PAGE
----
The Government have defended the newly imposed fundamental dishonesty rule, insisting that it could, not only, lead to a reduction in the number of personal injury claims being made but act as a deterrent to those considering making exaggerated claims moving forward.
Clause 45 of the Criminal Justice and Courts Bill has been met with much disdain from both the claimant solicitor and insurer lobby over, mostly over its vagueness as many struggle to establish just what being fundamentally dishonest really means.
But despite trepidation from those involved in the profession, the MoJ have stuck to their guns and passed the proposal through as they look for ways to continue to tackle fraud within the industry.
Speaking about Clause 45, the MoJ said: “The government anticipates that this will reduce the number of fundamentally dishonest PI claims, and the associated costs of paying compensation, which are met by insurers and by bodies such as the NHS, which are not insured.”
“In addition, as a behavioural response, the government expects that other PI claims may be exaggerated less, again leading to lower compensation paid by defendants.”
The justification for the enforcement of Clause 45 seems to be focused around reduced compensation payouts, a point that Scott Rees & Co Partner, David Byrne, has criticised.
“The problem that claimant solicitors like ourselves have is that it was too vague in it’s definition, leading us to question what exactly ‘fundamental dishonesty’ actually covers.”
“After the latest statement from the MoJ in regards to the motive for the clause, it is now easy to suggest that there maybe something more sinister going on here.
“Talking about the clause meaning ‘lower compensation’ payouts make it easy to think that this is just another method to appease the insurance companies, rather than a genuine way of tackling fraud.”
“At the end of the day if bodies, such as the NHS, who the MoJ mentions, have committed negligence that has caused injury or illness to a claimant, then it is only right that they should pay compensation.”
“If the Government really wanted to tackle the problem of bodies such as the NHS paying large sums of money out, surely it would be more beneficial to look at the standards of care the NHS is offering or the way it is being managed.”
The MoJ insists that the fundamental dishonesty clause is only likely to apply to a small number of claims and that the amount of legal work required by claimant and defendant lawyers should remain relatively the same or maybe even less.
Explaining this they said: “It could be that less work is required to resolve some claims in future if the claim appears to defendants to be less exaggerated and if defendants accept the claim with less discussion and negotiation. Conversely it could be that the claimant lawyers devote more resource in future to demonstrating that a claim is honest.”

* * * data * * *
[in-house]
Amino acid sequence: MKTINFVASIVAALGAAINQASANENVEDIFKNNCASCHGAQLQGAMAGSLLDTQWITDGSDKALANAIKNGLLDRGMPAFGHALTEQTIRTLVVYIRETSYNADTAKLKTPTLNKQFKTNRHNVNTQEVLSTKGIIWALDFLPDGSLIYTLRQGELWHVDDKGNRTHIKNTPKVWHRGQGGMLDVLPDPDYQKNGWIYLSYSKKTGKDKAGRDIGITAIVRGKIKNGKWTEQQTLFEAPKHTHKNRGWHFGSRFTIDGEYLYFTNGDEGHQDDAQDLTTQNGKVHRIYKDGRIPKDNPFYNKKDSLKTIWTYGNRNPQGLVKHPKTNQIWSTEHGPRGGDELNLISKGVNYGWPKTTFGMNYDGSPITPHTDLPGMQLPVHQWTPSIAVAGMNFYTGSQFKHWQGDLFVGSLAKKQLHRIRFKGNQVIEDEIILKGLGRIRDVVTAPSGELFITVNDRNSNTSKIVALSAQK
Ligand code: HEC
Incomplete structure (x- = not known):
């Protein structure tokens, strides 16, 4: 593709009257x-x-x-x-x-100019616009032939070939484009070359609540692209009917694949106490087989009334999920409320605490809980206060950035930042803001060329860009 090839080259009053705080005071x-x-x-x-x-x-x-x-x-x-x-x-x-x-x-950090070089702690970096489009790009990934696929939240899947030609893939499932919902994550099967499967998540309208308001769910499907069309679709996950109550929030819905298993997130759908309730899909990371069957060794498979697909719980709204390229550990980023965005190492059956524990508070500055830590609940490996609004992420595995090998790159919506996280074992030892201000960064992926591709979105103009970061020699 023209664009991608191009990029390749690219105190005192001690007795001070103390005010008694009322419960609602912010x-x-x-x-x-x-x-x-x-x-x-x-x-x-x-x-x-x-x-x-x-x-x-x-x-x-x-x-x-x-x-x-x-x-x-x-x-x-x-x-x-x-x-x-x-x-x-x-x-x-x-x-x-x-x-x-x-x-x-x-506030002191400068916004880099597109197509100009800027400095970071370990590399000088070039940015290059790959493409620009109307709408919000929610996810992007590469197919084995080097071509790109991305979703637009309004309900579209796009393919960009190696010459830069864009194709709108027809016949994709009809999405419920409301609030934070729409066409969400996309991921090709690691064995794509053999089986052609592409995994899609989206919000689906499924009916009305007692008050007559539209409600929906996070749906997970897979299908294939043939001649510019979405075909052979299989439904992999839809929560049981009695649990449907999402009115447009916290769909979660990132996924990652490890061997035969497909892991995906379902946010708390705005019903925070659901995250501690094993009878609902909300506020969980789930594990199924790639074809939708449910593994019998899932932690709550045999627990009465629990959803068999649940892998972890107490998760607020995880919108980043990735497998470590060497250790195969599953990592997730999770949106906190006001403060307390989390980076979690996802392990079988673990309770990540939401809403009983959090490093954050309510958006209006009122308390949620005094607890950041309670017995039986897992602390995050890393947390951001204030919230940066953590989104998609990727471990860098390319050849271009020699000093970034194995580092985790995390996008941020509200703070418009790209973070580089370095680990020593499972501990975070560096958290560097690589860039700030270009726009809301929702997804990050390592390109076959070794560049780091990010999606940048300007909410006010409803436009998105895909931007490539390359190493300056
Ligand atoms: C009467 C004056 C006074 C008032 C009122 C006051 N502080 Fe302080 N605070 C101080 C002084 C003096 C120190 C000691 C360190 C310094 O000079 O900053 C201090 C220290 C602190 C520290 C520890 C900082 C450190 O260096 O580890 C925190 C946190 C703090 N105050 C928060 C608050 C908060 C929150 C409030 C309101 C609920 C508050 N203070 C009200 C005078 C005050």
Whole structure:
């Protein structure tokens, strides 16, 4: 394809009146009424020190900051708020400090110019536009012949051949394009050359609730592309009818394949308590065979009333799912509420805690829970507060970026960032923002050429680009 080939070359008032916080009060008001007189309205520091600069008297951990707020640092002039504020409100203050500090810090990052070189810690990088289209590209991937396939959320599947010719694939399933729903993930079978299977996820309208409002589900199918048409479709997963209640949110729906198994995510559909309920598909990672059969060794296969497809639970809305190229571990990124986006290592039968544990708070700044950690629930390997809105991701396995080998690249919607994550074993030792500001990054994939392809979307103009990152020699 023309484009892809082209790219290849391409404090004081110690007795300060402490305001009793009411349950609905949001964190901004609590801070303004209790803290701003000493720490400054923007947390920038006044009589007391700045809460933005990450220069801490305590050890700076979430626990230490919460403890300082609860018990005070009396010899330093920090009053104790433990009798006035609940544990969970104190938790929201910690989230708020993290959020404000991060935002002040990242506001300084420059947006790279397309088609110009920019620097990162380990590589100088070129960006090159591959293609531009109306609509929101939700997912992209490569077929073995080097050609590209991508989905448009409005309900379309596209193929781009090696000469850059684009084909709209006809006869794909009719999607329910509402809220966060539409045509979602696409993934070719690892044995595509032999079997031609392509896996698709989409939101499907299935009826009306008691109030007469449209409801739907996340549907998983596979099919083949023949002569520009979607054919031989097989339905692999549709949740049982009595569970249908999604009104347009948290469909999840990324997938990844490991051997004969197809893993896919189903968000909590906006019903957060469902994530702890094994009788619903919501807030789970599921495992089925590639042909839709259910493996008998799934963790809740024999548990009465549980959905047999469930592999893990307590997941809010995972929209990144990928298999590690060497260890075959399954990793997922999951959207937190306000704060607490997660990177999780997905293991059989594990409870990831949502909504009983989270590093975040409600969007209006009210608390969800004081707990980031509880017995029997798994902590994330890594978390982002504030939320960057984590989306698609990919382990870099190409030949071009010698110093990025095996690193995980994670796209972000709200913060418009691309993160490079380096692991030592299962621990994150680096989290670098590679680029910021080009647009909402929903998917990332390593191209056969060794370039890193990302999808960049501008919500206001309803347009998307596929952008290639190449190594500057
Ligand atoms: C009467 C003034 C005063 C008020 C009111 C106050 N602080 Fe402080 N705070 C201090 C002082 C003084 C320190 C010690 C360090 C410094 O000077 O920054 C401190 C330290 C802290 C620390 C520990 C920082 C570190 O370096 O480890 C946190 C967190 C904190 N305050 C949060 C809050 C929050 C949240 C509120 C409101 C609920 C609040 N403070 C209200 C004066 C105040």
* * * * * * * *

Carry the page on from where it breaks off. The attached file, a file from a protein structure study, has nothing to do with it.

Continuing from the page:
Reacting to this, David Byrne accused the Government of once again trying to paint claimant solicitors as the bad guys within the injury and ignoring the wide scale effect that defendant insurers have had on the fraud numbers.
He retorted: “It is clear that in thinking up such a clause the Government has once again made its mind up that the claimant solicitor is the cause of all things terrible within the industry.”
“This is almost laughable, considering that in reports carried out by their own colleagues, it was in fact revealed that it was the insurers who were using misleading figures in order to try and encourage further whiplash reform that was certainly not required.”
“Not to mention the fact that they were also found to being, I suppose what you could call, ‘fundamentally dishonest’ with some of the practices they were using in terms of repairing accident damaged cars, in order to cut costs and save their dwindling profits.”
“It is also worth remembering that there is an ongoing issue in regards to insurance companies making pre-medical offers to accident victims, which undoubtedly ramps up the number of fraudulent claims going through the system.”
“Yet it consistently the claimant that is called into question and all the explanation for this piece of legislation continues to do is point the figure at the accident victims for receiving compensation.”
“Perhaps if you look at it another way, if more defendants were encouraged by their insurance companies to accept the liability for their claims, then maybe claimants wouldn’t be forced to fight fire with fire and that would bring an end to any exaggeration being made.”
“Remember, no accident victim asks to be put in the situation where they are forced to make a claim, that is down to the defendant, but when they are it is only right that they are compensated by the person who has caused them so much discomfort and in most cases, lifestyle changes.”
The Government have insisted that no assumption has been made in regards to the aggregate reduction in compensation being paid as a result of some settlements being lower but they have stated that they believe it is reasonable to consider the prospect of a claim being dismissed without any compensation being paid may act as a deterrent to claimant who maybe considering exaggeration moving forward.